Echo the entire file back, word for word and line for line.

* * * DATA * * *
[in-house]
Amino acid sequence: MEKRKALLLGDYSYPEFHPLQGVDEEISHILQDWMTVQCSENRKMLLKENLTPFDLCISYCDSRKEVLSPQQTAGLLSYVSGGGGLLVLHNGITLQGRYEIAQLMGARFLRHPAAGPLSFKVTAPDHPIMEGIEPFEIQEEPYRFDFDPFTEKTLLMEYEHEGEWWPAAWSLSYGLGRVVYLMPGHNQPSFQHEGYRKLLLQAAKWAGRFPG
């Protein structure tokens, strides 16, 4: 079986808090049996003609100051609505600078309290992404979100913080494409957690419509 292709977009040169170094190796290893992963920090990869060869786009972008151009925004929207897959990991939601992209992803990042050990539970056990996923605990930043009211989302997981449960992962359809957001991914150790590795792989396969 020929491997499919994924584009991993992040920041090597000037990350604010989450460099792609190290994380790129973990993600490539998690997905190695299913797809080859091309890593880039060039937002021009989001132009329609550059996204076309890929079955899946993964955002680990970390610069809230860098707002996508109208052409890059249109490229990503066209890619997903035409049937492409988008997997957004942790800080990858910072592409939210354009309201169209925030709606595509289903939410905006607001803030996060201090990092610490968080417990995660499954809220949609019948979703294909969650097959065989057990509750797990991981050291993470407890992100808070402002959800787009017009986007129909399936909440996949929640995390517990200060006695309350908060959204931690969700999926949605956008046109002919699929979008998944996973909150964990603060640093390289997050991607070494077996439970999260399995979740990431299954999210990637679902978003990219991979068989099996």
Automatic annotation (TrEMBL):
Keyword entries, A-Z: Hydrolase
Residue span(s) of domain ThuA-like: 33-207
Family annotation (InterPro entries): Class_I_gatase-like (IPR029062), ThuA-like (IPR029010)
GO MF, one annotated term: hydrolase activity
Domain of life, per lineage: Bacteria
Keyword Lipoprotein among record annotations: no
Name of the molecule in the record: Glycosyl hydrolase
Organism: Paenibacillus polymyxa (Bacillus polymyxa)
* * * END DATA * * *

[in-house]
Amino acid sequence: MEKRKALLLGDYSYPEFHPLQGVDEEISHILQDWMTVQCSENRKMLLKENLTPFDLCISYCDSRKEVLSPQQTAGLLSYVSGGGGLLVLHNGITLQGRYEIAQLMGARFLRHPAAGPLSFKVTAPDHPIMEGIEPFEIQEEPYRFDFDPFTEKTLLMEYEHEGEWWPAAWSLSYGLGRVVYLMPGHNQPSFQHEGYRKLLLQAAKWAGRFPG
């Protein structure tokens, strides 16, 4: 079986808090049996003609100051609505600078309290992404979100913080494409957690419509 292709977009040169170094190796290893992963920090990869060869786009972008151009925004929207897959990991939601992209992803990042050990539970056990996923605990930043009211989302997981449960992962359809957001991914150790590795792989396969 020929491997499919994924584009991993992040920041090597000037990350604010989450460099792609190290994380790129973990993600490539998690997905190695299913797809080859091309890593880039060039937002021009989001132009329609550059996204076309890929079955899946993964955002680990970390610069809230860098707002996508109208052409890059249109490229990503066209890619997903035409049937492409988008997997957004942790800080990858910072592409939210354009309201169209925030709606595509289903939410905006607001803030996060201090990092610490968080417990995660499954809220949609019948979703294909969650097959065989057990509750797990991981050291993470407890992100808070402002959800787009017009986007129909399936909440996949929640995390517990200060006695309350908060959204931690969700999926949605956008046109002919699929979008998944996973909150964990603060640093390289997050991607070494077996439970999260399995979740990431299954999210990637679902978003990219991979068989099996």
Automatic annotation (TrEMBL):
Keyword entries, A-Z: Hydrolase
Residue span(s) of domain ThuA-like: 33-207
Family annotation (InterPro entries): Class_I_gatase-like (IPR029062), ThuA-like (IPR029010)
GO MF, one annotated term: hydrolase activity
Domain of life, per lineage: Bacteria
Keyword Lipoprotein among record annotations: no
Name of the molecule in the record: Glycosyl hydrolase
Organism: Paenibacillus polymyxa (Bacillus polymyxa)